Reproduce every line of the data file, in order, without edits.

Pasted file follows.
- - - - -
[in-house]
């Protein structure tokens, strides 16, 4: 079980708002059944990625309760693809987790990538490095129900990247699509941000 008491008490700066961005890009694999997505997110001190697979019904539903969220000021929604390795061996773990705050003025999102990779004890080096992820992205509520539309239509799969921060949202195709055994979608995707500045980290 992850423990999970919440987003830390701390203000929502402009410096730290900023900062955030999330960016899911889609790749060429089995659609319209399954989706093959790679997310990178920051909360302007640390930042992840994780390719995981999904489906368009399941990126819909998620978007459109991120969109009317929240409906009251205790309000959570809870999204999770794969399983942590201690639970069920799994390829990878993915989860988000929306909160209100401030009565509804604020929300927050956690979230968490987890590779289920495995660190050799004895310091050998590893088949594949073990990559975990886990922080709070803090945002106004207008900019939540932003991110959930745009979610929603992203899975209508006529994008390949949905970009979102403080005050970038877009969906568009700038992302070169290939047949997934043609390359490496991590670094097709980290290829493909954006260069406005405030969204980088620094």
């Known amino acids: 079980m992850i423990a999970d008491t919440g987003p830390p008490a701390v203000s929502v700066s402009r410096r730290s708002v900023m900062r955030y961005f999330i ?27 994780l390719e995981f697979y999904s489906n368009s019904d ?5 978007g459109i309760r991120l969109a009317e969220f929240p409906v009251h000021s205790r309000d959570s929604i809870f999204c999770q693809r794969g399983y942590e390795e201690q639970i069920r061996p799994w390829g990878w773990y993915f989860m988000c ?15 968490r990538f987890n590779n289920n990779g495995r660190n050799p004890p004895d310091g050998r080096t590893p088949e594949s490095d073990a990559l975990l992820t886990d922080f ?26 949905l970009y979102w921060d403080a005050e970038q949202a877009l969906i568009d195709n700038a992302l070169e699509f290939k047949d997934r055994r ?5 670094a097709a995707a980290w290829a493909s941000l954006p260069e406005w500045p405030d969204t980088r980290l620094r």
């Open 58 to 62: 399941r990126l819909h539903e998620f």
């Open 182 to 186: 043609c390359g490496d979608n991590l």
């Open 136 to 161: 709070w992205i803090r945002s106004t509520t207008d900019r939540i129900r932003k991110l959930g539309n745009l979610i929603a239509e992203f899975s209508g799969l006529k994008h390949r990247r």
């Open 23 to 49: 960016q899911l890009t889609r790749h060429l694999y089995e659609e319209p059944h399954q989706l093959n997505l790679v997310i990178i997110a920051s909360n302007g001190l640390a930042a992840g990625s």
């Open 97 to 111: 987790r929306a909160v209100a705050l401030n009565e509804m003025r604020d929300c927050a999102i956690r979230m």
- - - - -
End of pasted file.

[in-house]
């Protein structure tokens, strides 16, 4: 079980708002059944990625309760693809987790990538490095129900990247699509941000 008491008490700066961005890009694999997505997110001190697979019904539903969220000021929604390795061996773990705050003025999102990779004890080096992820992205509520539309239509799969921060949202195709055994979608995707500045980290 992850423990999970919440987003830390701390203000929502402009410096730290900023900062955030999330960016899911889609790749060429089995659609319209399954989706093959790679997310990178920051909360302007640390930042992840994780390719995981999904489906368009399941990126819909998620978007459109991120969109009317929240409906009251205790309000959570809870999204999770794969399983942590201690639970069920799994390829990878993915989860988000929306909160209100401030009565509804604020929300927050956690979230968490987890590779289920495995660190050799004895310091050998590893088949594949073990990559975990886990922080709070803090945002106004207008900019939540932003991110959930745009979610929603992203899975209508006529994008390949949905970009979102403080005050970038877009969906568009700038992302070169290939047949997934043609390359490496991590670094097709980290290829493909954006260069406005405030969204980088620094």
């Known amino acids: 079980m992850i423990a999970d008491t919440g987003p830390p008490a701390v203000s929502v700066s402009r410096r730290s708002v900023m900062r955030y961005f999330i ?27 994780l390719e995981f697979y999904s489906n368009s019904d ?5 978007g459109i309760r991120l969109a009317e969220f929240p409906v009251h000021s205790r309000d959570s929604i809870f999204c999770q693809r794969g399983y942590e390795e201690q639970i069920r061996p799994w390829g990878w773990y993915f989860m988000c ?15 968490r990538f987890n590779n289920n990779g495995r660190n050799p004890p004895d310091g050998r080096t590893p088949e594949s490095d073990a990559l975990l992820t886990d922080f ?26 949905l970009y979102w921060d403080a005050e970038q949202a877009l969906i568009d195709n700038a992302l070169e699509f290939k047949d997934r055994r ?5 670094a097709a995707a980290w290829a493909s941000l954006p260069e406005w500045p405030d969204t980088r980290l620094r």
């Open 58 to 62: 399941r990126l819909h539903e998620f």
């Open 182 to 186: 043609c390359g490496d979608n991590l």
């Open 136 to 161: 709070w992205i803090r945002s106004t509520t207008d900019r939540i129900r932003k991110l959930g539309n745009l979610i929603a239509e992203f899975s209508g799969l006529k994008h390949r990247r």
């Open 23 to 49: 960016q899911l890009t889609r790749h060429l694999y089995e659609e319209p059944h399954q989706l093959n997505l790679v997310i990178i997110a920051s909360n302007g001190l640390a930042a992840g990625s």
């Open 97 to 111: 987790r929306a909160v209100a705050l401030n009565e509804m003025r604020d929300c927050a999102i956690r979230m």